#1
Been learning a lot of music theory lately, and after a while I got thinking, should I start learning piano?

Now that I know a bit how music works and how the notes on a piano are nicely lined, I don't think it would take me too long to pick up piano. Also the fact that we already have a real piano at home since my sister plays.

How many of you guys play piano and guitar?
#2
Do it. It can only help.

But you won't pick it up easy. It'll still take awhile for you to get used to the hand movements and stuff.

For reference, I've been playing guitar 3 1/2 years, and, if I could, I'd go back and play piano instead.
#4
Playing Piano is a really good complement to playing guitar because it will make you look at music from another perspective. A lot of guitarrists tend to look at things graphically in the fretboard and learning piano will open more your ears and looking at stuff graphically at a piano is way easier. When I teach some theory to students that are starting with guitar, I teach them some concepts in the piano because it is easier to understand (I belief) and harmonically it is really helpfull.

For example the vast majority of chords you learn first in guitar are inversions of triads , while the ones you learn first in piano are the fundamental chords so when learning harmony I believe it is easier to learn it with the piano and then move it to the guitar.

Apart from the visual, harmonic and the ear developing that the piano will give, your phrasing will be different. Also Thom Yorke says that he composes from the piano because it is a "weird" instrument to him so he guides more from his ear rather than from certain patterns that whe tend to get fixed as guitar players.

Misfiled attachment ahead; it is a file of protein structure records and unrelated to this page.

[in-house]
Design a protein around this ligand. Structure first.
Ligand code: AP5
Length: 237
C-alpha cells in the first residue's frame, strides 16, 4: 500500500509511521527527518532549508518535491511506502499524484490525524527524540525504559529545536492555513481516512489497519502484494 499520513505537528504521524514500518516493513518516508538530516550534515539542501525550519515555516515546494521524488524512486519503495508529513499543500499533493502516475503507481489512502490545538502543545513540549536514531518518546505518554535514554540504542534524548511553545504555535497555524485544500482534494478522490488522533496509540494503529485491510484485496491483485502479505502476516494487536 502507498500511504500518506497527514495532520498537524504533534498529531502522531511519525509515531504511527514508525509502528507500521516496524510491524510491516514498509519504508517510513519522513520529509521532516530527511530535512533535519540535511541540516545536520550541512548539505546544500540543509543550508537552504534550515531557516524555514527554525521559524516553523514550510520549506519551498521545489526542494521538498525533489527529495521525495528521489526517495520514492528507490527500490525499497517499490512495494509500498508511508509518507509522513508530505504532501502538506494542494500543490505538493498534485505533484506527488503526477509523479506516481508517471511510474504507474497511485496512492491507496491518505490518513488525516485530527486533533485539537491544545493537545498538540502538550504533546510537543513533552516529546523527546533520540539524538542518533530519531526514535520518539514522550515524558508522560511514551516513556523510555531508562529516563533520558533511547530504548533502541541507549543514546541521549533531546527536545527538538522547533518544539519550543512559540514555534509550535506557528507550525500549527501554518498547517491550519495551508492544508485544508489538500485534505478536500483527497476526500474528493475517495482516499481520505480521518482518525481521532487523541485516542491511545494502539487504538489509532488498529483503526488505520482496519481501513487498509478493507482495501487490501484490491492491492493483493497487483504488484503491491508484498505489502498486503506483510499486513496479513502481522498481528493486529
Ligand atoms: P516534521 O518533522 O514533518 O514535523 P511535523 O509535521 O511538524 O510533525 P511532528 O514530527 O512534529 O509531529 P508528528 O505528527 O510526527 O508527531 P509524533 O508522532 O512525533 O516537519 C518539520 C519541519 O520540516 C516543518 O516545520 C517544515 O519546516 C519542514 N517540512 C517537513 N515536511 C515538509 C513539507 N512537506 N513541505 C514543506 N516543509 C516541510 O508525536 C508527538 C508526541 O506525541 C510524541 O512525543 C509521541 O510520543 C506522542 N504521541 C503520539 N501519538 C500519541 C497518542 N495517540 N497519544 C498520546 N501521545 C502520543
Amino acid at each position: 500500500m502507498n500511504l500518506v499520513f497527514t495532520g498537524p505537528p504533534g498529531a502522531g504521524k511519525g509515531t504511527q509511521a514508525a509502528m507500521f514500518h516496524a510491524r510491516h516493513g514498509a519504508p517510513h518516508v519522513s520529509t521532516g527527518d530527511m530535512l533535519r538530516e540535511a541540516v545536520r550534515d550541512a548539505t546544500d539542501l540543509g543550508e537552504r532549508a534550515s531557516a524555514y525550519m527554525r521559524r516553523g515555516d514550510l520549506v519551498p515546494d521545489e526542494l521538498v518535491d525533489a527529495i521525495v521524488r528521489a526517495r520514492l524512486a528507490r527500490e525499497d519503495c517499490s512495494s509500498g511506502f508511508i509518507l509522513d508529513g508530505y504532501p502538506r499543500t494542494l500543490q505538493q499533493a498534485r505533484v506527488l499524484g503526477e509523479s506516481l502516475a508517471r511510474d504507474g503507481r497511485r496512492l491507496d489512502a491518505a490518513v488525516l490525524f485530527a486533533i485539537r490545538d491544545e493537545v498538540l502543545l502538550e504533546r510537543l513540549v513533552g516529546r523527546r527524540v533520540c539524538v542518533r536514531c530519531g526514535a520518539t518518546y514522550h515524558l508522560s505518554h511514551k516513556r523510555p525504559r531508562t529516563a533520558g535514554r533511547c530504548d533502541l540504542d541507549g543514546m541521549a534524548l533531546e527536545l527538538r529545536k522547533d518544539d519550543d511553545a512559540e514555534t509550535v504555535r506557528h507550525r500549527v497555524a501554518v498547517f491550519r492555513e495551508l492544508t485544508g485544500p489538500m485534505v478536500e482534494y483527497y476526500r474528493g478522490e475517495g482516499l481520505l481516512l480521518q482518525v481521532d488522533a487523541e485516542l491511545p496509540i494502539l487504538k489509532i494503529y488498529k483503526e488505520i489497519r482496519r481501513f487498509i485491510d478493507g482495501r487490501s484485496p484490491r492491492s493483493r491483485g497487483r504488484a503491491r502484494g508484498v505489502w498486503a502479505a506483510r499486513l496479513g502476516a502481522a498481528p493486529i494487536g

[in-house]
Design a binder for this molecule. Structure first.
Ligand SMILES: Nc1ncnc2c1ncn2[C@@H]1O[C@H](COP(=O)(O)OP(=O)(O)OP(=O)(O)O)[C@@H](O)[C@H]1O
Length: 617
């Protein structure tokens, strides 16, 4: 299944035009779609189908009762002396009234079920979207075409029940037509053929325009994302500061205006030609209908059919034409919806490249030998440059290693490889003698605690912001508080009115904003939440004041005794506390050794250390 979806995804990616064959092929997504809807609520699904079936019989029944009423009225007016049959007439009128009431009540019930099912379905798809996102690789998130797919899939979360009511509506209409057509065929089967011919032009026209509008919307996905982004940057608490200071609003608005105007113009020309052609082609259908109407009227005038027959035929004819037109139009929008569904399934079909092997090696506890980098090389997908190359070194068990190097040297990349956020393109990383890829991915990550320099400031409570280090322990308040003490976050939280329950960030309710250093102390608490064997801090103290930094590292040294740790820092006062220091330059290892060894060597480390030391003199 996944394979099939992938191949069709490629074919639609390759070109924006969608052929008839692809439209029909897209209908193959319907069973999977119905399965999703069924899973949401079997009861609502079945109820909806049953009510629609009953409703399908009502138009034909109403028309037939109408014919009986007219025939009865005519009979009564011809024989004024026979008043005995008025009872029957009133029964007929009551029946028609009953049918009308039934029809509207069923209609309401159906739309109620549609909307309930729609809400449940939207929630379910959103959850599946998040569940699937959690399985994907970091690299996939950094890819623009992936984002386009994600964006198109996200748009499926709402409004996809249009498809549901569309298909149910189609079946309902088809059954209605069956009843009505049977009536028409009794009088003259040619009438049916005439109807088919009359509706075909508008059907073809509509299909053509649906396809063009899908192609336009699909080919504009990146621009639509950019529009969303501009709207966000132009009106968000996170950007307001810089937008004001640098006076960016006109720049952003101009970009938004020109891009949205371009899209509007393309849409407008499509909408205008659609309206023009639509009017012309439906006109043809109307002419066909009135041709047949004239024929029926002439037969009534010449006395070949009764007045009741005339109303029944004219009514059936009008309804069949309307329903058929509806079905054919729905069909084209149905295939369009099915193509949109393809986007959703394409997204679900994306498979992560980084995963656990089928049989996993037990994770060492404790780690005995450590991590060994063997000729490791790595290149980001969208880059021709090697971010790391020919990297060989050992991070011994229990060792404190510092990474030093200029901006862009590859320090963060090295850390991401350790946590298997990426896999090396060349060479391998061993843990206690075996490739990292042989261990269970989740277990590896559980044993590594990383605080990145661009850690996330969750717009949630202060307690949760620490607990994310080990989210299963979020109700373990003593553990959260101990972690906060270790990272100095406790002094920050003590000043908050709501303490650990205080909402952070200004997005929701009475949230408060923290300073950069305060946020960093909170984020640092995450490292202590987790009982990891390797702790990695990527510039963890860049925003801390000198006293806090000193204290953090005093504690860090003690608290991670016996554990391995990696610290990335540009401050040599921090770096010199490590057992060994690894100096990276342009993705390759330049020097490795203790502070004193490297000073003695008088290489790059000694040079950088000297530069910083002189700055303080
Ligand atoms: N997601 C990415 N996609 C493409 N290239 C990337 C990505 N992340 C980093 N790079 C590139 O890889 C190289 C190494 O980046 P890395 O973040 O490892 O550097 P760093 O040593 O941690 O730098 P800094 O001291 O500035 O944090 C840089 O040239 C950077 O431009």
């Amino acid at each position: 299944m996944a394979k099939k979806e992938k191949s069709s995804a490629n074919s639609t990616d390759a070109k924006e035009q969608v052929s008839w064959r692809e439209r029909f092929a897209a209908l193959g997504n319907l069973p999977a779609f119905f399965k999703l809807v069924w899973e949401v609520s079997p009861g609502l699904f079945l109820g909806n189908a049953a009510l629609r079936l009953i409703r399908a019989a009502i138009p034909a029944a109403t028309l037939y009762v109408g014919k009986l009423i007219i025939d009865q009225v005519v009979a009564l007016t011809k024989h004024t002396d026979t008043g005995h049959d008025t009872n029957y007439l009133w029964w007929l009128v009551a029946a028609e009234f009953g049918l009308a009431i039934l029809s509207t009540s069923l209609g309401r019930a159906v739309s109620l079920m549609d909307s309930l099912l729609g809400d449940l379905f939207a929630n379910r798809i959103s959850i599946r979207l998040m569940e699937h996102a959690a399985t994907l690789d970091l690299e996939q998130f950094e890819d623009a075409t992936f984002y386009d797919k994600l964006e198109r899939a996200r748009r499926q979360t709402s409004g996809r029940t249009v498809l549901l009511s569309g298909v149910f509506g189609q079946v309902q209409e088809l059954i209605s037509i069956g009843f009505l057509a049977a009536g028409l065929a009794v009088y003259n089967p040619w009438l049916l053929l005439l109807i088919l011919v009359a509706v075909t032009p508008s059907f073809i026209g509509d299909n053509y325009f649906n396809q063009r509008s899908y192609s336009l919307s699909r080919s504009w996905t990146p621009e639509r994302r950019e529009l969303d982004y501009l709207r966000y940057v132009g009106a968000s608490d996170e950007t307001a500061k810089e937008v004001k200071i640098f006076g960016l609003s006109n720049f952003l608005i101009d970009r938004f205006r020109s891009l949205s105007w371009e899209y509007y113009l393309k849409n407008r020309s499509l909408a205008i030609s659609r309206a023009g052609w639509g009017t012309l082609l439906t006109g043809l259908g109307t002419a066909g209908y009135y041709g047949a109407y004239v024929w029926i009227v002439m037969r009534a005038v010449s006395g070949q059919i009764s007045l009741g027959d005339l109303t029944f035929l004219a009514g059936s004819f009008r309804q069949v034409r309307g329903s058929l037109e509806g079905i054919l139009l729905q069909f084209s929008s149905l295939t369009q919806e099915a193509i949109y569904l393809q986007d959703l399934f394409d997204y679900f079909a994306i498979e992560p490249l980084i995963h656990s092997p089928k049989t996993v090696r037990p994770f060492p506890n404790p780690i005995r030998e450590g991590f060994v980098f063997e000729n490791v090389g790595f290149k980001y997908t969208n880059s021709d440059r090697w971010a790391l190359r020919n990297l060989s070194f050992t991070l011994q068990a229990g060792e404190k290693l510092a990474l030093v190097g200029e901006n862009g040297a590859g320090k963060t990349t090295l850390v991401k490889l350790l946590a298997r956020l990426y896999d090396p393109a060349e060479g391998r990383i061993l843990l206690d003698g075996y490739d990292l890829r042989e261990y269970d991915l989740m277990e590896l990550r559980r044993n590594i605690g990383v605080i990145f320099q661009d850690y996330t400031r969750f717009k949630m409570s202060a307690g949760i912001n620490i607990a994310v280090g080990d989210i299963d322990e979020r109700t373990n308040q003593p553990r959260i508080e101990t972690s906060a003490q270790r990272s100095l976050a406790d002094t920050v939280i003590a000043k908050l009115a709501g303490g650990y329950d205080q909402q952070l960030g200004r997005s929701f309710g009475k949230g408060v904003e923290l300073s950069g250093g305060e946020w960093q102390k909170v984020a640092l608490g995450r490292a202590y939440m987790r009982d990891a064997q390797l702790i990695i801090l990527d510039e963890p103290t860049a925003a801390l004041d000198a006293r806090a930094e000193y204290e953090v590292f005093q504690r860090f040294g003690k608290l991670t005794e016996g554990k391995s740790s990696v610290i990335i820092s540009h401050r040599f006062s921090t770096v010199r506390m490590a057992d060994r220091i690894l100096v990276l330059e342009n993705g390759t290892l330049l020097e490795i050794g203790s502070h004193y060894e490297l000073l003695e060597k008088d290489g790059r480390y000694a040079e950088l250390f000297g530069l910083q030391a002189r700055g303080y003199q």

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#5
Getting lessons is the best thing you can do, with any instrument as someone else is sharing their experience, what they know and what is more or less correct with you

I always remembered from my 3 years of piano, that good technique is being able to balance a coin on your hand while you play, and a lot of self-taught pianists shortcut in terms of proper hand movement etc. and end up hindering their potential
Quote by BlitzkriegAir
1. Get drunk
2. play pentatonic scales fast
3. throw in some divebombs and pinch harmonics
4. Get killed onstage
5. become legendary guitarist instantaneously


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How dare you attack the greatness of the augmented sixth?
#6
Yeah, definatley go for it, I never regreted it, it teaches you a lot of theory and helps your guitar playing a lot.